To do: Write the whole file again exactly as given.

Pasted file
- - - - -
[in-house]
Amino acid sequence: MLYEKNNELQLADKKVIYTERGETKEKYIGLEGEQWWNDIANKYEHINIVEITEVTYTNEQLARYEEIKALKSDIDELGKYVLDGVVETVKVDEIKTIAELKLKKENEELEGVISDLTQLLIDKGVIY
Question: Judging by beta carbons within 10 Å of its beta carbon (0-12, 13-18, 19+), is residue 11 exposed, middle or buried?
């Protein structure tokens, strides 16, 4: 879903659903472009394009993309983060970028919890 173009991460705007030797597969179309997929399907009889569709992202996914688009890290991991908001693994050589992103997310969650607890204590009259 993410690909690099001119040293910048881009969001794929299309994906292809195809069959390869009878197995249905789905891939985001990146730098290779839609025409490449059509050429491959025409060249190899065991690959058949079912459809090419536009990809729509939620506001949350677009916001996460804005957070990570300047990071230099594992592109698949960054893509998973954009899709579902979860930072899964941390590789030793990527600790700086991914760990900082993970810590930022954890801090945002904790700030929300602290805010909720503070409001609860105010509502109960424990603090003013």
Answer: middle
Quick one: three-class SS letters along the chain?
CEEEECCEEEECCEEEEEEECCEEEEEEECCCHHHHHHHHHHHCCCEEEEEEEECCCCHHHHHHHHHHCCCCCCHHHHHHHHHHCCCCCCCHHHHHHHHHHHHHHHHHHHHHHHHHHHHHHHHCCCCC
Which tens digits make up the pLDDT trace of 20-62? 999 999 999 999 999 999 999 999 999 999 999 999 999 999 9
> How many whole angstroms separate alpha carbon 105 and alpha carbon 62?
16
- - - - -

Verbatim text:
[in-house]
Amino acid sequence: MLYEKNNELQLADKKVIYTERGETKEKYIGLEGEQWWNDIANKYEHINIVEITEVTYTNEQLARYEEIKALKSDIDELGKYVLDGVVETVKVDEIKTIAELKLKKENEELEGVISDLTQLLIDKGVIY
Question: Judging by beta carbons within 10 Å of its beta carbon (0-12, 13-18, 19+), is residue 11 exposed, middle or buried?
């Protein structure tokens, strides 16, 4: 879903659903472009394009993309983060970028919890 173009991460705007030797597969179309997929399907009889569709992202996914688009890290991991908001693994050589992103997310969650607890204590009259 993410690909690099001119040293910048881009969001794929299309994906292809195809069959390869009878197995249905789905891939985001990146730098290779839609025409490449059509050429491959025409060249190899065991690959058949079912459809090419536009990809729509939620506001949350677009916001996460804005957070990570300047990071230099594992592109698949960054893509998973954009899709579902979860930072899964941390590789030793990527600790700086991914760990900082993970810590930022954890801090945002904790700030929300602290805010909720503070409001609860105010509502109960424990603090003013």
Answer: middle
Quick one: three-class SS letters along the chain?
CEEEECCEEEECCEEEEEEECCEEEEEEECCCHHHHHHHHHHHCCCEEEEEEEECCCCHHHHHHHHHHCCCCCCHHHHHHHHHHCCCCCCCHHHHHHHHHHHHHHHHHHHHHHHHHHHHHHHHCCCCC
Which tens digits make up the pLDDT trace of 20-62? 999 999 999 999 999 999 999 999 999 999 999 999 999 999 9
> How many whole angstroms separate alpha carbon 105 and alpha carbon 62?
16